Montana State University will soon process tests for the novel coronavirus at a laboratory on its Bozeman campus.
It's part of an effort to build in-state testing capacity after Quest Diagnostics, the private lab Montana contracts with, said it temporarily would no longer accept tests collected at surveillance and sentinel events. That reduced the state's capacity and ability to meet its goal of testing 60,000 people a month for COVID-19, the disease caused by the novel coronavirus.
Following that announcement, several communities around Montana said they would cancel scheduled surveillance testing events.
Quest already had what Montana Gov. Steve Bullock had described last week as "unacceptable" turnaround times for providing people with results, sometimes up to a week or longer.
MSU President Waded Cruzado and Bullock announced that MSU will process tests during a joint press conference Wednesday.
"As the state's land grant university, this kind of service and outreach to the people of Montana is exactly what we were called to do as part of our mission ... " Cruzado said. "This is what we do. The land grant university was created with a very specific goal in mind, to serve in the people's interests."
The university will begin processing surveillance tests next week, Bullock said, with the state Department of Public Health and Human Services determining which populations will be tested and shipping the samples to MSU. Testing focuses had been on people that are especially at risk of severe outcomes from COVID-19. That includes those living in congregate settings like nursing homes and assisted living centers and employees there, tribal communities and more.
MSU will process tests on four cPCR machines, which the state lab is working with the university to get validated. Bullock said he anticipated the lab would be able to initially run about 500 test a day, but should be able to use pooling methods, where many tests are run in one batch and then individuals are re-tested if the batch comes back positive.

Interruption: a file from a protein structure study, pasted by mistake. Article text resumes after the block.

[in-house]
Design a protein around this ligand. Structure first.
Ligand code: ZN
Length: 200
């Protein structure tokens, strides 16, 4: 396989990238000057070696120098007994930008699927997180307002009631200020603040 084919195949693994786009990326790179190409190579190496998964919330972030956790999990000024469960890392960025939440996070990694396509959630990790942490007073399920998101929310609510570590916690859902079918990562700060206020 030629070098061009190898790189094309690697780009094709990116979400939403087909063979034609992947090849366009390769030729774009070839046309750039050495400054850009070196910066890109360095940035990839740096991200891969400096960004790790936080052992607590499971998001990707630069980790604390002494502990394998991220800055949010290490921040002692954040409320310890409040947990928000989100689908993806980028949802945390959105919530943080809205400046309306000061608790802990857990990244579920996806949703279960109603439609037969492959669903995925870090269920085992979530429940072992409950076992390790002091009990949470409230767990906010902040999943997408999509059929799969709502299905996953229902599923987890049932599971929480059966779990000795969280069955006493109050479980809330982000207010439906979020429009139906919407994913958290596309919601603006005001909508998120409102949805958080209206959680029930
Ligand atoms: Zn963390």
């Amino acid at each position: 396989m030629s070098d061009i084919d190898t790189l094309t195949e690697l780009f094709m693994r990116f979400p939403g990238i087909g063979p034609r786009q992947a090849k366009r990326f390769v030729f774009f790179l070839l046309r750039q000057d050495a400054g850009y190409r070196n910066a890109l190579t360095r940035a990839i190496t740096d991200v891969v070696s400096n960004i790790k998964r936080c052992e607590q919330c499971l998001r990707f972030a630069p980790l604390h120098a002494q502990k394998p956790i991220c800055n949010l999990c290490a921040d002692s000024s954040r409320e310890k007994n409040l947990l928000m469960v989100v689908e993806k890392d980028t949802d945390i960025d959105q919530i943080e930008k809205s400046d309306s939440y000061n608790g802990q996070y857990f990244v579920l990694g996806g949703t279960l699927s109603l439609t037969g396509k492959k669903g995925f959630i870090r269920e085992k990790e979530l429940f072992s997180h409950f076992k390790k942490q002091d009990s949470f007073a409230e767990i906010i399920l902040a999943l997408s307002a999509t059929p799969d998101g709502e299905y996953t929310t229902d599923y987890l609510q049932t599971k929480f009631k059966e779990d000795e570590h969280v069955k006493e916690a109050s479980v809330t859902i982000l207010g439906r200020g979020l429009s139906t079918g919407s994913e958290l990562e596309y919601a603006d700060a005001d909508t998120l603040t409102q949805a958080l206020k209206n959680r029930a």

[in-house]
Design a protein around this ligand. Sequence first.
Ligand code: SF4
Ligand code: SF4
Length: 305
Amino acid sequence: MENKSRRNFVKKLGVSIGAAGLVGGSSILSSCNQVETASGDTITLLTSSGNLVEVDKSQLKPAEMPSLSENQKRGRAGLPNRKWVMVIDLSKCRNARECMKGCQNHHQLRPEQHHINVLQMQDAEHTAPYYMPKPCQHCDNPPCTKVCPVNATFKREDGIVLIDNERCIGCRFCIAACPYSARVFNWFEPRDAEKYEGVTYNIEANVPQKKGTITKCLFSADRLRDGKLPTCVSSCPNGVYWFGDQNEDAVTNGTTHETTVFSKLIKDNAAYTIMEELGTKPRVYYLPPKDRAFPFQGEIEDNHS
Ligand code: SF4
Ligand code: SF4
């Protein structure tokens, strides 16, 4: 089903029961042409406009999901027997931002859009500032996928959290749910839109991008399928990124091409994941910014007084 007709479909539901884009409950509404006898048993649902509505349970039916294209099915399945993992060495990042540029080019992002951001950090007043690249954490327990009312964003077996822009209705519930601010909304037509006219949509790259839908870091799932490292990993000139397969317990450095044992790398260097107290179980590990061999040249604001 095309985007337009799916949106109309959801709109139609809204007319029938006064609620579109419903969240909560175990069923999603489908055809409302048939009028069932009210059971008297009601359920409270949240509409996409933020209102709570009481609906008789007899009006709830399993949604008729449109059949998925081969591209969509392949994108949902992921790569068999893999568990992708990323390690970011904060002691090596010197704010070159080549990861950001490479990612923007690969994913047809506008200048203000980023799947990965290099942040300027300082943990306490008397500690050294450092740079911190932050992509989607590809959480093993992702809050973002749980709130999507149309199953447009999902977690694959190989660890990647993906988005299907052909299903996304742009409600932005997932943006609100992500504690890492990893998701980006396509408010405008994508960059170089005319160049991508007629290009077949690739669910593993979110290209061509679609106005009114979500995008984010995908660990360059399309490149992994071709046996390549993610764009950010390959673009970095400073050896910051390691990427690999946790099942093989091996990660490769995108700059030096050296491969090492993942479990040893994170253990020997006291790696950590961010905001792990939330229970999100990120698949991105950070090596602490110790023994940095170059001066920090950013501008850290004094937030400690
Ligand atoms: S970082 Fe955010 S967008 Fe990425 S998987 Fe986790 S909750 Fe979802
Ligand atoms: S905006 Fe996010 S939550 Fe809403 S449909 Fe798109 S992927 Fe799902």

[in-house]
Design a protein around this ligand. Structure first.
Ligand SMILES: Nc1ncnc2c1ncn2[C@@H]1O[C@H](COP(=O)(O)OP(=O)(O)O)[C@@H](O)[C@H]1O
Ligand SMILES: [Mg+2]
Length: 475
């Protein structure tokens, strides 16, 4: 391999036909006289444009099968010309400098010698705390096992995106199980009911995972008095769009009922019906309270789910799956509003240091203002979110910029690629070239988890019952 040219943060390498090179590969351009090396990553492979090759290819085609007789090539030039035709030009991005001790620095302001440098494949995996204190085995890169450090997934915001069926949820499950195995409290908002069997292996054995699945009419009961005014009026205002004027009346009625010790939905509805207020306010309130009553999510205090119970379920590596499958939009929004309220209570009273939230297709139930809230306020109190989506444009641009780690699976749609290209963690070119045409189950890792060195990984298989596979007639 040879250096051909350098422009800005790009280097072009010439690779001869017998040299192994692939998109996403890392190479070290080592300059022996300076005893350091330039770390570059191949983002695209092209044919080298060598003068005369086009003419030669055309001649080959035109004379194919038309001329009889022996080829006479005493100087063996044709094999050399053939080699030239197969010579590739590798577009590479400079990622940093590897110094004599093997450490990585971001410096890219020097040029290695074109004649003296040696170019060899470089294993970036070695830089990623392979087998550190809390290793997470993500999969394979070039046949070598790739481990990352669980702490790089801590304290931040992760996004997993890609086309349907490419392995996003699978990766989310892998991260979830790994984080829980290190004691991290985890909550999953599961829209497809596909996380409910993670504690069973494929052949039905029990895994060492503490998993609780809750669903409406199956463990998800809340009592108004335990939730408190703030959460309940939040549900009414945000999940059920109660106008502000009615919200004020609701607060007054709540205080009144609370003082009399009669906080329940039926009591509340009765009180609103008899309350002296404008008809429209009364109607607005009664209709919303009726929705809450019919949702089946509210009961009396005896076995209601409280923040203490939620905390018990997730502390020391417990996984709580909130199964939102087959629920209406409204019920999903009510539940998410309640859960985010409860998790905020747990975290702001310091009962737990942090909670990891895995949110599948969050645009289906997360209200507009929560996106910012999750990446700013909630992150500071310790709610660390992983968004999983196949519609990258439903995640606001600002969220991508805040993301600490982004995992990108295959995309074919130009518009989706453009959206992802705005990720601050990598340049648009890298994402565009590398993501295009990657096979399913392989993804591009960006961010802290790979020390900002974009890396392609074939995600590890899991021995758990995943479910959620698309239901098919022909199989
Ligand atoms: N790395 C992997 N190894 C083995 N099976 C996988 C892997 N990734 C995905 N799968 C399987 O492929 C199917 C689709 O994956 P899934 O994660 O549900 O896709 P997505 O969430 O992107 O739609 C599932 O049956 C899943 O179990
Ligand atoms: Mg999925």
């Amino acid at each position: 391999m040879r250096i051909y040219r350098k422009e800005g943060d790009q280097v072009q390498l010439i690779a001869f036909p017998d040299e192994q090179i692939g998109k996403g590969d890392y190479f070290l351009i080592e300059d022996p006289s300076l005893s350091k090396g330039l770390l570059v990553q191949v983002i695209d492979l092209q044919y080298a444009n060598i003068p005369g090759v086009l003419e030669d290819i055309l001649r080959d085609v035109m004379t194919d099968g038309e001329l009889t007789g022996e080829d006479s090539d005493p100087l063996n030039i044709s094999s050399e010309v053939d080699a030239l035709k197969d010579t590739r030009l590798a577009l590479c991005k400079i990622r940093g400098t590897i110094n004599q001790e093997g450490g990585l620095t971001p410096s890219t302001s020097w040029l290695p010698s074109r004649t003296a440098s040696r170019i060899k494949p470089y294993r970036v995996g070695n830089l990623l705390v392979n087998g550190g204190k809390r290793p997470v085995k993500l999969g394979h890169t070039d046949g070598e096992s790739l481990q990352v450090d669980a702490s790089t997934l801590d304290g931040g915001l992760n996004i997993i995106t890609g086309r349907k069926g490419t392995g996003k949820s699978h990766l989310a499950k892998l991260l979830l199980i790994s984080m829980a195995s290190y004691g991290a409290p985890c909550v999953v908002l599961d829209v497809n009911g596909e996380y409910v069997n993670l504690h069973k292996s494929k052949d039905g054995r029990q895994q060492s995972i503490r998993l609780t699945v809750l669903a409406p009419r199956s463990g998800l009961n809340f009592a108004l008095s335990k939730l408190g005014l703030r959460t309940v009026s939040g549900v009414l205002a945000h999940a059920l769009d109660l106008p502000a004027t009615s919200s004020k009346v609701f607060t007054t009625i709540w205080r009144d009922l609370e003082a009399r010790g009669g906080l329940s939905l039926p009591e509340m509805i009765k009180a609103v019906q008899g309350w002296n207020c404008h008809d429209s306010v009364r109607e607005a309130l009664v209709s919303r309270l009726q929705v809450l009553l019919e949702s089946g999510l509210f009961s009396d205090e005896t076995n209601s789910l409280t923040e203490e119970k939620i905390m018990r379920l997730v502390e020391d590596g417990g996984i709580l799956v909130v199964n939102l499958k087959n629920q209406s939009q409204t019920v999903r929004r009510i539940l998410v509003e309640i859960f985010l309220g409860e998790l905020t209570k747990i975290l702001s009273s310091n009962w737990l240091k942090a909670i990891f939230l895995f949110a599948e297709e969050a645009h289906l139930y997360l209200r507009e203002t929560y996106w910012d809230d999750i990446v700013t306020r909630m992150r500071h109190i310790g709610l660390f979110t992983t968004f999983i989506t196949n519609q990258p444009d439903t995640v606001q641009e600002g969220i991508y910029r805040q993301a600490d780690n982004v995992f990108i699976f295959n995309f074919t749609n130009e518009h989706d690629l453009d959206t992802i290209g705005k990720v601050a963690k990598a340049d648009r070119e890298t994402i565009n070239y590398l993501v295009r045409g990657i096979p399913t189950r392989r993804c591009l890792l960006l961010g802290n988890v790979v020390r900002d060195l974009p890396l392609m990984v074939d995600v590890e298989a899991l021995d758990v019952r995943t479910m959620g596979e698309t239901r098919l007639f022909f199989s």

The state has also finalized a contract with MAKO, a private lab in North Carolina, to process about 1,000 tests a day. Bullock said he expects a "reasonable" turnaround time of two to three days for tests sent to MAKO.
"We don't want to be left high and dry again if national demand for testing puts a state like ours on the back burner," Bullock said.
The state will still aim for its goal of 60,000 tests a month, and would be able to meet that with the state lab and MSU's capacity. That would include running 2,000 tests a day at MSU through pooling, as well as 1,000 at the state lab for symptomatic people and front-line responders, as well as close contacts of known cases.
"I think we can meet the needs that we have in Montana with those two solutions," Bullock said. " ... We will not be able to immediately open back up the types of mass community testing events we were doing in the past, but we're really building on long-term sustainable solutions to doing so and do anticipate returning to greater community testing soon."
Bullock said the state may at some point return to using Quest if its capacity there improves. The state still holds its contract with that lab, where it pays $100 per test run. That's the same price the state will pay MAKO. It's also what the state will pay MSU to start while the university scales up it operation.
"After the equipment, the reagents, personnel, workflow are in place and we look at the first 30,000 tests, we'll certainly review. MSU only wants to cover its costs, not to be turning a profit," Bullock said.
By Wednesday, Montana reported 2,813 lab-confirmed cases of COVID-19, with 1,228 active cases. There have been 42 deaths statewide, with 30% of those deaths connected to an outbreak at Canyon Creek Memory Care center in Billings, where nearly all of the residents and employees had tested positive. Last week Bullock issued a mask mandate that applies to counties with four or more active cases, which was about 28 of Montana's 56 counties on Wednesday.
During the call Wednesday, Bullock said that many of the new cases in the state are tied to "large gatherings where folks are not taking proper precautions."
That includes people who went to work while sick or didn't follow quarantine or isolation instructions from local public health officers. In more than one situation, Bullock said that resulted in cases being brought into congregate settings with at-risk individuals, though he did not say where.
Other new cases are tied to a collegiate athletic team and their friends. That one cluster included 20 people and was connected to 80 close contacts in one county alone. The same cluster was later tied to additional cases in three other counties through social events including a wedding that was attended by people while infectious. The majority of cases in this cluster and associated events were among younger people, Bullock said.
Another cluster was tied to a different wedding that was attended by individuals who later tested positive. That event caused new cases in the community, which included people sickened at other social events. One of the subsequent events was tied to three new cases in that community, but another related event that practiced good distancing measures did not see any new cases, Bullock said.
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